Mohammed said...

The real problem is not Darrens punishment, harsh as it may be.

Its that the officer's fanatic driver is seen as something normal, and that killing/injuring people is seen as a misdemneaor if the perpetrator has the right "connections"

And regarding Darren's acceptance fo guilt, even if he denied there would be a good chance the army officer's word would be taken over his.

Obscene gestures can very well be considered unacceptable, whats sad is that endangering people's lives and discrimination is justified by using "its our culture" as a tagline

Mohammed said...

I repeat, the main problem, is discrimination, nit the crime.

Anyone want to play a guessing game what would have happened if Darren was shown a finger? The guilty party would swear he didnt do it, and that Darren was in fact guilty and should be locked up for insulting his family (even if he didnt do it)....

In most places, natives consider it their privilege that they are given preference in jobs etc. Here the privilege is extended to crimes as well, so much so that some people actually think they shouldnt be at fault even after commiting a crime simply because "its my country"

Anonymous said...

i cant resist, this is my 3rd post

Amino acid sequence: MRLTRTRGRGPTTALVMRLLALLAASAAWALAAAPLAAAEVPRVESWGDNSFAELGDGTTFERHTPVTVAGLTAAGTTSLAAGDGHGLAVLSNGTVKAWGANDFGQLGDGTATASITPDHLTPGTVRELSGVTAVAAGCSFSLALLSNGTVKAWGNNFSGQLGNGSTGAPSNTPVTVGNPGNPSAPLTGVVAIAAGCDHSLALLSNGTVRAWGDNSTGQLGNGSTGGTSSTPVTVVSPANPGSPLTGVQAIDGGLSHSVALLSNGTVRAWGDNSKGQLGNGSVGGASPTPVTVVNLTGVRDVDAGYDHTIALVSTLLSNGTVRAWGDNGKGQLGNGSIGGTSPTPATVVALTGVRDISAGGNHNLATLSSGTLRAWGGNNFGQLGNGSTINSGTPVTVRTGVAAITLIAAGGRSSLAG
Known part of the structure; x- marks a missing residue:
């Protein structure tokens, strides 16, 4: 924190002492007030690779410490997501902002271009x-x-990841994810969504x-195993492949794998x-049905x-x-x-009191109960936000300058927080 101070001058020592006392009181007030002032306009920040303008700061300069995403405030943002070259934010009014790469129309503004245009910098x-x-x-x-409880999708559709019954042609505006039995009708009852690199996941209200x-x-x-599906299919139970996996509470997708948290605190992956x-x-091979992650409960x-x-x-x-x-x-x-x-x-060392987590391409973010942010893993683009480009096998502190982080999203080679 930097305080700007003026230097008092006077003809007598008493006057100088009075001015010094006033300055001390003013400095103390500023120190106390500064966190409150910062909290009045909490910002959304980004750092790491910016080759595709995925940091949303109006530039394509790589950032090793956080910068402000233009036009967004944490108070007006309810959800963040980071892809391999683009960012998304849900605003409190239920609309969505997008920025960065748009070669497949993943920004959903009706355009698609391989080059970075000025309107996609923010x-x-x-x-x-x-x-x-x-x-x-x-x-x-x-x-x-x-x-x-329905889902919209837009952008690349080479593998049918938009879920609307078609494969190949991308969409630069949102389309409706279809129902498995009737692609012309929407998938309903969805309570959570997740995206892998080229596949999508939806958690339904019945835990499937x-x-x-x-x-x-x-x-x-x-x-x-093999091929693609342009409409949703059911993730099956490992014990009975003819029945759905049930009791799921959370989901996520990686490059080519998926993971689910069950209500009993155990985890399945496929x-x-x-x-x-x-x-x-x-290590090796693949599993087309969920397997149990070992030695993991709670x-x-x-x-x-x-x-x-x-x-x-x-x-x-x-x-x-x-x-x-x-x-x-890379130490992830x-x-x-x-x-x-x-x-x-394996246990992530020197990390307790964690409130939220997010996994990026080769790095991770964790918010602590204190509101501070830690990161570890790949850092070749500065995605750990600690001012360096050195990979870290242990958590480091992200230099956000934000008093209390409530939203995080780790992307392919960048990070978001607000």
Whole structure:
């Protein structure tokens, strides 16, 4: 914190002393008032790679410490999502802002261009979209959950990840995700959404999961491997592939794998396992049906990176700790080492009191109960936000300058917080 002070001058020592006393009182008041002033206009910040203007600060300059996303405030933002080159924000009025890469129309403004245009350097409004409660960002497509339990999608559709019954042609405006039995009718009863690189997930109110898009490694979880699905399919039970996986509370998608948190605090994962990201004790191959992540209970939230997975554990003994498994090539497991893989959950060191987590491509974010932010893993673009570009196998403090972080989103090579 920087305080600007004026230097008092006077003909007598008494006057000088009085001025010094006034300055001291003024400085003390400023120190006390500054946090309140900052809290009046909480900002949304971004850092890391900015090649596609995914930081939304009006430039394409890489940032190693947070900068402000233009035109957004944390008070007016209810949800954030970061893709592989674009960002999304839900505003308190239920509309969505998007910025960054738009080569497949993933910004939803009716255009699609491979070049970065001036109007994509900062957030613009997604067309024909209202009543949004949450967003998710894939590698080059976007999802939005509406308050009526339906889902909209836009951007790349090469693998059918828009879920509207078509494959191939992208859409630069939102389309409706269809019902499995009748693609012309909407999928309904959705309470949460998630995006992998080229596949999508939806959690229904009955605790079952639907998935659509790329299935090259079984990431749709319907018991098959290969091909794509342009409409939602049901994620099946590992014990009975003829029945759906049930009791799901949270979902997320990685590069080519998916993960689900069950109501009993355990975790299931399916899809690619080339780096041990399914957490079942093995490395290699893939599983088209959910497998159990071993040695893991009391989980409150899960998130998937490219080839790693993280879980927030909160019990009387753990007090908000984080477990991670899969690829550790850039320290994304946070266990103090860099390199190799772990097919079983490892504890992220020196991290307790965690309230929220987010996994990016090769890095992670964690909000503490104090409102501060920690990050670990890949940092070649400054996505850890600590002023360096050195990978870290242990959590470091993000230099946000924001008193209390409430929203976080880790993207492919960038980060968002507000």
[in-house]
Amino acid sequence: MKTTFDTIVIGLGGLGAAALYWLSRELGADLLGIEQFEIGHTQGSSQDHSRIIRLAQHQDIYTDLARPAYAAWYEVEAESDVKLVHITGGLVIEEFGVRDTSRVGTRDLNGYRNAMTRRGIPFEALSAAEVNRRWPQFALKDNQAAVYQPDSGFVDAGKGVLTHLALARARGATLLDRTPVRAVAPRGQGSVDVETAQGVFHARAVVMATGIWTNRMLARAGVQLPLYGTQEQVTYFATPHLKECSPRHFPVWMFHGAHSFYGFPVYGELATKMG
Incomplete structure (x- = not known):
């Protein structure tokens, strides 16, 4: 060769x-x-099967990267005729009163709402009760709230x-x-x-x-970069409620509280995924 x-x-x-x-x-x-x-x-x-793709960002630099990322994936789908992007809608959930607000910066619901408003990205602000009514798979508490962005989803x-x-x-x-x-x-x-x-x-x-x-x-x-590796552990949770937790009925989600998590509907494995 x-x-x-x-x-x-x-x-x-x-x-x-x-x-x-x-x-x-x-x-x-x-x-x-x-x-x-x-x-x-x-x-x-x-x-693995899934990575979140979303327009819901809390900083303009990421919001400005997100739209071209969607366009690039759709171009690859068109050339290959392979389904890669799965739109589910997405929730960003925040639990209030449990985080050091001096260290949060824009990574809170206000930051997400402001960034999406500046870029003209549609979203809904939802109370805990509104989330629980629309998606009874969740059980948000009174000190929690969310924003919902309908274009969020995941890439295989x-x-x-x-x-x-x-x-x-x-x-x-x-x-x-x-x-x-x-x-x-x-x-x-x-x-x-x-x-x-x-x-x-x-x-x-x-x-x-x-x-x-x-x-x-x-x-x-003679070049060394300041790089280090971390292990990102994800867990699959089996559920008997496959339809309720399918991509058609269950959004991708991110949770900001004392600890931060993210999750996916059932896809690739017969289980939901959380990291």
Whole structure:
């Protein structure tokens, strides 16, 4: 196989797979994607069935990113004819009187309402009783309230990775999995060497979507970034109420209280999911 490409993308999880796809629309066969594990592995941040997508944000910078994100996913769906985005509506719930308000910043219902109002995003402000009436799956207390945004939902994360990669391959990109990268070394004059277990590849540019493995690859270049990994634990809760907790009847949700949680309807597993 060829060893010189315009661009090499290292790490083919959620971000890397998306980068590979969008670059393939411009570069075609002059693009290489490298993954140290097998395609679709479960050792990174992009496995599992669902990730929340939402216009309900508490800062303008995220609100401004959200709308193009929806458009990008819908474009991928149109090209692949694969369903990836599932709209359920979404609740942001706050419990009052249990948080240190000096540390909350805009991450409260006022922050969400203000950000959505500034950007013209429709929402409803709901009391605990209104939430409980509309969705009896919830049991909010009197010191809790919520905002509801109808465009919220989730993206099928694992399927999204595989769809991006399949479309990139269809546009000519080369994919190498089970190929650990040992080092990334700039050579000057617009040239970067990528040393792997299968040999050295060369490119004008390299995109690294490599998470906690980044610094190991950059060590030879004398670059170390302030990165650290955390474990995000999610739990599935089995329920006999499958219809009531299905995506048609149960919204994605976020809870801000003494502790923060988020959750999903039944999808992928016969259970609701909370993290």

Your case reminds me why I switched from an avid anti-gun person to a passive supporter of gun owning. If guns were legal, that guy would never have dared to come up to your car.....

The post below (from 7days) typifies the main problem here, which is different standards for different people, and no society can propser in the long run by having such disrimination....

"I was once a victim of road rage myself with the driver, who was driving recklessly on the road and had almost hit me like yours, I open my window and told him what are you doing? If you want to kill yourself do not include me, then I called up the police to complain about him and guess what the story was turned upside down, I become the culprit because the other guy filed a complaint after me (they let us both sign a paper which indicates we are not going to drive fast) The worst part was the driver was a teenage guy who didn't have a license on him and only his passport!!!

The 2nd time, I was hit by another and I was given a pink copy and a fine of 250 Dhs. The police informed me that it was my fault. Is it really my fault when the driver was on his phone without headset and not knowing when people are signalign indicators while changing lanes??? Guess what? He only carried a Health Card which they accepted when we were in the Police Station!"

Anonymous said...

Well, drive like an idiot and endanger other peoples lives, you deserve to have the middle finger shown to you. That guy deserved it, he deserves to go to jail for dangerous driving. It always amazes me that people harass other drivers and are dangerous, and when someone gives them the finger, they cannot accept it. Gutless humans, no conscience. If in Australia I accidentally cut someone off or harrased them like this and they done the finger to me, I accept it. Why? Coz it was my fault, so their action was justified, but then again I am a decent, moral, mindful human being. I guess there are all types in the world any country you go.